UNDP administrator stands for local communities in conservation of wildlife
Winding her official tour to Tanzania this week, United Nations Development Program (UNDP) Administrator Helen Clark said benefit sharing from tourism gains between local communities and the wildlife
Winding her official tour to Tanzania this week, United Nations Development Program (UNDP) Administrator Helen Clark said benefit sharing from tourism gains between local communities and the wildlife conservators would be the best option to protect elephants and rhinos in Africa as other endangered species.
The UNDP Leader and former New Zealand Prime Minister told the media that local communities in Tanzania and other parts of Africa were the key stakeholders in wildlife conservation but lacked awareness on benefits from conservation.
She said abject poverty among the people living in wildlife protected area in Tanzania and other elephant range states in Africa was a driving force to poaching.
“We should build up community based natural resource management system which would involve the locals in protecting wildlife in their localities. This would bring a meaning and translate the whole idea of conservation hence eradicate elephant poaching and illegal wildlife trade”, she stressed.
“Together we can all work to change the cost-benefit calculation for conservation within communities in tangible terms, through community-based natural resource management and income generating activities”, she said.
“At the government’s request, we will continue to work for coordinated partner responses to help fund the strategy, building on the financial and technical efforts of the Government of Tanzania itself which is leading the roll-out of the efforts to combat poaching”, the UNDP Leader added.
Speaking about the controversial debate in which Tanzania government is looking at international backing to sale its 120 tons of bloody ivory confiscated from poachers and other sources, the UNDP Administrator said the UN agency is ready to assist on bringing together the appropriate parties to manage that process.
Tanzania government has been lobbying for a support from international conservation agencies and other parties to allow it sale by auction its 120 ton ivory stockpile as to collect about US$ 100 million for conservation projects.
While in Tanzania Clark visited Tanzania’s Ruaha National Park, one among the leading parks in Africa breeding big numbers of elephants and unique African wildlife species.
During her day-long tour of the park, Clark visited poor communities in the localities neighboring the park and encouraged them to take a leading role in wildlife conservation.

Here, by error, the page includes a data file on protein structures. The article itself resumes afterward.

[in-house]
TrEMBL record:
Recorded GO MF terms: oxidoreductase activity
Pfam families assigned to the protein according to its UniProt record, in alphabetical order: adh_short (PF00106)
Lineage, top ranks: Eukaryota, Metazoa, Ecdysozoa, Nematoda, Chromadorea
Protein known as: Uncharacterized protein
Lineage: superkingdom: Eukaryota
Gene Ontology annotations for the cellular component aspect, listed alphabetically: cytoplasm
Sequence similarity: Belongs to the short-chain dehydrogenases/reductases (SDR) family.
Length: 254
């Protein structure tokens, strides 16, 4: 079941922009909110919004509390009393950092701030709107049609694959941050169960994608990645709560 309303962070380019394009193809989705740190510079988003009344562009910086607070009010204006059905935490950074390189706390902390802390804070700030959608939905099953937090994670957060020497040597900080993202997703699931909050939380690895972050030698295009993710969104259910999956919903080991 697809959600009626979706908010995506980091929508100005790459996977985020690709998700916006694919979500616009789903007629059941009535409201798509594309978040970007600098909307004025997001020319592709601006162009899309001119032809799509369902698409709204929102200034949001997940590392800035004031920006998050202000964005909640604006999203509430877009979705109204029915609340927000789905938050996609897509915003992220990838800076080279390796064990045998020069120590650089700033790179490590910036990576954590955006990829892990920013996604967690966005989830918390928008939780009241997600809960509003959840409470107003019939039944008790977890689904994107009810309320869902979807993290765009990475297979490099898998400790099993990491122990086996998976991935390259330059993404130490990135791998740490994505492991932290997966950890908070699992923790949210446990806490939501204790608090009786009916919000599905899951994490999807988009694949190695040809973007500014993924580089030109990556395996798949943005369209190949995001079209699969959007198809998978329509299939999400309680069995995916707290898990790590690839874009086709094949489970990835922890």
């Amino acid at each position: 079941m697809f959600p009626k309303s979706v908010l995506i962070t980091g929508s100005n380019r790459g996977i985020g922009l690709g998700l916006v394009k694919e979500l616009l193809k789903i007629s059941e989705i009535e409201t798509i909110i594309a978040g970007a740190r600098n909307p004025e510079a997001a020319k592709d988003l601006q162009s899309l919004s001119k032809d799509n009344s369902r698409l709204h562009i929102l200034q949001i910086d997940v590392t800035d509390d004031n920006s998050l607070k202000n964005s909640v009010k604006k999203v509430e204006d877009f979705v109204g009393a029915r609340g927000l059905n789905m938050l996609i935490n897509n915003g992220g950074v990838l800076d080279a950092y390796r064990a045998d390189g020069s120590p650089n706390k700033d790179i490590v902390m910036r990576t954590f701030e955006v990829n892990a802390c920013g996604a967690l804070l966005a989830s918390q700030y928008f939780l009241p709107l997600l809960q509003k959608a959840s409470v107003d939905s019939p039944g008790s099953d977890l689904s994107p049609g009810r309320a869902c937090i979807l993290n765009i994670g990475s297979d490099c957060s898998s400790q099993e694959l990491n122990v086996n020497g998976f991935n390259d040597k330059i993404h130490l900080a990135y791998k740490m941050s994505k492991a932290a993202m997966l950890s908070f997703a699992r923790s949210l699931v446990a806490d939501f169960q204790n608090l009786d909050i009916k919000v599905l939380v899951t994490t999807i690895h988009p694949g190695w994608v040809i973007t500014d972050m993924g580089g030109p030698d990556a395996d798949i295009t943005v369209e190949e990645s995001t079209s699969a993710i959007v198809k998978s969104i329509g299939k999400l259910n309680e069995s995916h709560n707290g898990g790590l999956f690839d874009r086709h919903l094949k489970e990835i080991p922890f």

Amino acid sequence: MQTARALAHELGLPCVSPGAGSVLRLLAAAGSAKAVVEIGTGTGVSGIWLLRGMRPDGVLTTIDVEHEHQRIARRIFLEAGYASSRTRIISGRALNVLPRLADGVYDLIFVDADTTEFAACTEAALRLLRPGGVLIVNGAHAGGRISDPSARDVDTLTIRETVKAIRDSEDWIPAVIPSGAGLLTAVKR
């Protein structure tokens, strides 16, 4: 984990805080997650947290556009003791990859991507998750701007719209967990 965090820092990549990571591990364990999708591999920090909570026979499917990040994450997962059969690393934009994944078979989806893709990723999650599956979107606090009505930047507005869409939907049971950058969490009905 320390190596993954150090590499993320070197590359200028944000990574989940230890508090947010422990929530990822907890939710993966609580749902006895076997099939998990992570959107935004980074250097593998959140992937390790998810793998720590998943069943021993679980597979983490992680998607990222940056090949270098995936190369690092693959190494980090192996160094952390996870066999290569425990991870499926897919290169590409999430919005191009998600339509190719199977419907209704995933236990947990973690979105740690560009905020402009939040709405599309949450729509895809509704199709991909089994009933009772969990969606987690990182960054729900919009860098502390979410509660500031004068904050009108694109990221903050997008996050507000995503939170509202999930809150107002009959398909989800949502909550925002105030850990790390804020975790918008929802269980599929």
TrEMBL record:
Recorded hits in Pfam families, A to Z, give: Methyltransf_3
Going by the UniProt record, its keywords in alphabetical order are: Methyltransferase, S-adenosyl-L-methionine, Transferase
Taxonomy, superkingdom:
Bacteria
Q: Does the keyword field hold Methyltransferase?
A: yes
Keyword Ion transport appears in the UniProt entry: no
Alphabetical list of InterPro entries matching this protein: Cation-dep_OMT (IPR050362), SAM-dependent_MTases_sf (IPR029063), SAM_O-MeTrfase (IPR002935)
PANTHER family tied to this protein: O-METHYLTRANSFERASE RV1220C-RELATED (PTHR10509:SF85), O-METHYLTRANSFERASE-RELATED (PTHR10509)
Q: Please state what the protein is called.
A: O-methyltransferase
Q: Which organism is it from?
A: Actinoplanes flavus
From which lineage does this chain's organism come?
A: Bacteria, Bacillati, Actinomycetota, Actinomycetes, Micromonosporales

“Everyone in the community including youth, women and the elderly have a role to play in long-term sustainability of their communities as well as wildlife close to protected areas,” she said.
The UNDP and Global Environmental Facility (GEF) are currently supporting anti-poaching operations in Ruaha.
She warned that tourism will be in danger if poaching continues to haunt wildlife parks in Tanzania and other parts of the African continent.
Tourism is Tanzania’s leading economic venture attracting a good number of tourists and travel trade investments.
Minister for Tourism Lazaro Nyalandu said during his annual budget estimates this week that over 1.1 million tourists visited Tanzania last year and generated US$ 1.8 billion to Tanzanian revenue basket.
Compared to previous year, 2012, there was an increase of 60,000 tourists who visited this country and an increase of US$ one million in tourist gains.
Despite the huge incomes from tourism, poverty has been a daily problem facing communities neighboring wildlife protected areas, driving them to kill wildlife for survival and subsistence living.
Ngorongoro Conservation Area in northern Tanzania had managed to combat poaching and illegal wildlife hunting through active participation of local communities through benefit sharing.
Commonly known as “The Last Garden of Eden”, Ngorongoro had attracted local communities in conservation of wildlife through social and income generating activities which so far, discouraged the locals from killing the wild animals.
Through “Good Neighborliness” initiatives, Ngorongoro Conservation Area stands as a model of a successful wildlife protected are in Africa where conflicts between humans and wild animal are not observed.